If you haven’t already read it, we would strongly recommend reading our entry on what liposomes are and how they work. Aside from giving great basis for understanding why liposomal palmitoylethanolamide is such a breakthrough, it also gives very valuable insight into the mechanism in general.
The two problems with PEA are the buildup period whose length depends on personal absorption capacities or each patient and the fact that it is metabolized by FAAH and NAAA enzymes. The problem with the enzymes is that they are very efficient and that they degrade PEA quickly. This greatly reduces the amounts of PEA that people with lower absorption capacities can take in and prolongs the buildup period.
Liposomal palmitoylethanolamide solves both of these problems.
The liposomal delivery system has been familiar since the 1960s. It has been polished and improved over the decades and now we have a lot of knowledge about the different kinds and benefits. Once again, if you are interested in it, I would recommend the link in the first paragraph of this text.
Speaking of PEA in particular, both the buildup period and fast degradation by the enzymes are solved with the liposomal delivery system.
Liposomes have several benefits. They are spherical structures with a phospholipid bilayer membrane. The PEA (or any active content, vitamin, drug, nutraceutical…) is safely tucked in within the liposome. The phospholipid membrane is the same as the cell membrane and it protects PEA from stomach acids and enzymes.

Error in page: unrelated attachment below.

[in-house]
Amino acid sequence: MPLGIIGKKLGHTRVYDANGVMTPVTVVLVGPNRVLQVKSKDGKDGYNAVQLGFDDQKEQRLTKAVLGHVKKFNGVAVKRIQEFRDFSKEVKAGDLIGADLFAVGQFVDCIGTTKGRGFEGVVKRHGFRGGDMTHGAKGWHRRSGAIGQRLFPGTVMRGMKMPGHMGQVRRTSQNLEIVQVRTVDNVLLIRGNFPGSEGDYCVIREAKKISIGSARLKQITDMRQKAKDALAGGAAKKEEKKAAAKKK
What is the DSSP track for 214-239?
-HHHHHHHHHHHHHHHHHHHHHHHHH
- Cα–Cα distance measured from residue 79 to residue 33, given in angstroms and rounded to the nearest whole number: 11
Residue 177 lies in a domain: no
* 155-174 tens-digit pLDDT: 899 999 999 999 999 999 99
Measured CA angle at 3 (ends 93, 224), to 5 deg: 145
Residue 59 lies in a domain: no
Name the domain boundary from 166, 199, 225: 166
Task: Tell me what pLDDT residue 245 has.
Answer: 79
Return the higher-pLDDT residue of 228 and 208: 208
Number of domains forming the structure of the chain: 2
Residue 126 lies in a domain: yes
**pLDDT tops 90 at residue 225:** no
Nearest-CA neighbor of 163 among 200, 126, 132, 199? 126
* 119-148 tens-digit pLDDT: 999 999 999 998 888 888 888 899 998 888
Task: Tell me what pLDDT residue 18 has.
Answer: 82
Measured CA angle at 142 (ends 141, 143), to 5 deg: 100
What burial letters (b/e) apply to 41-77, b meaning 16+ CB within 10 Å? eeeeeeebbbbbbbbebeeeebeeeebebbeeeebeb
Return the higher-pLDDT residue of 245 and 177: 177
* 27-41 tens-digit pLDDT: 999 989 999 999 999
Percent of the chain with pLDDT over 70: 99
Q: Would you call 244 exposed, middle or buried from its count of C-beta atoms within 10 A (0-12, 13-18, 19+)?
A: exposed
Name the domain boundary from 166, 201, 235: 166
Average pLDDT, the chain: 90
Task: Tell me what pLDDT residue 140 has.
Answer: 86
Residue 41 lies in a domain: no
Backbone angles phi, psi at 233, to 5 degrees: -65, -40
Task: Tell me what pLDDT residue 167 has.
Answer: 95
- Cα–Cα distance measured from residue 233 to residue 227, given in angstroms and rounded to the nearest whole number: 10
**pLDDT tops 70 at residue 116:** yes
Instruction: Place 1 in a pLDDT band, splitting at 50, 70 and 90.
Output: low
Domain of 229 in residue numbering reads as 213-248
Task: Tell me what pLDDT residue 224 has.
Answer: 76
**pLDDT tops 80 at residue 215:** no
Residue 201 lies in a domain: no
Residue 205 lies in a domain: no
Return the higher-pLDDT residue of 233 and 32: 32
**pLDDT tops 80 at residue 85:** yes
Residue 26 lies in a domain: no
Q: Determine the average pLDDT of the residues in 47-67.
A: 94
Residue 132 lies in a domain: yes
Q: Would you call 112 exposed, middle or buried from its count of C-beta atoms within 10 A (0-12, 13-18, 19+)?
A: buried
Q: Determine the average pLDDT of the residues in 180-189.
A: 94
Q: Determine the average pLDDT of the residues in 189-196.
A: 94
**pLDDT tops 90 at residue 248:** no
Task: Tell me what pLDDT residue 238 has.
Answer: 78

This means that PEA can be delivered straight to the cells where it is needed, without much of it being digested and broken down on the way.
What happens when a liposome reaches the cell?
We have already talked about our limited absorption capacities. However, when a liposome reaches a cell, the liposome membrane integrates into the cell membrane due to the mentioned biocompatibility of their phospholipid bilayers membranes.
This means that all of the PEA is delivered into the cell and not wasted. It is the mechanism that works the same for any kind of active content and it is a well known benefit of liposomes that fixes the bioavailability issue.
Taking up to 7.5 ml liposomal palmitoylethanolamide a day equals the amount of taking 4 capsules, but the effects are much greater, since none of it is destroyed by the enzymes and stomach acids. If you are having problems with bioavailability of PEA, you should try liposomal PEA.
However, you should be advised of the additional ingredients in the liposomes. None of them are considered dangerous, but for example, they may contain soy, so people with soy allergies should know this.
Make sure you read the ingredients on your liposomal PEA bottle and be sure that you can take it.
If you would like to learn more information about the liposomal delivery system, click here .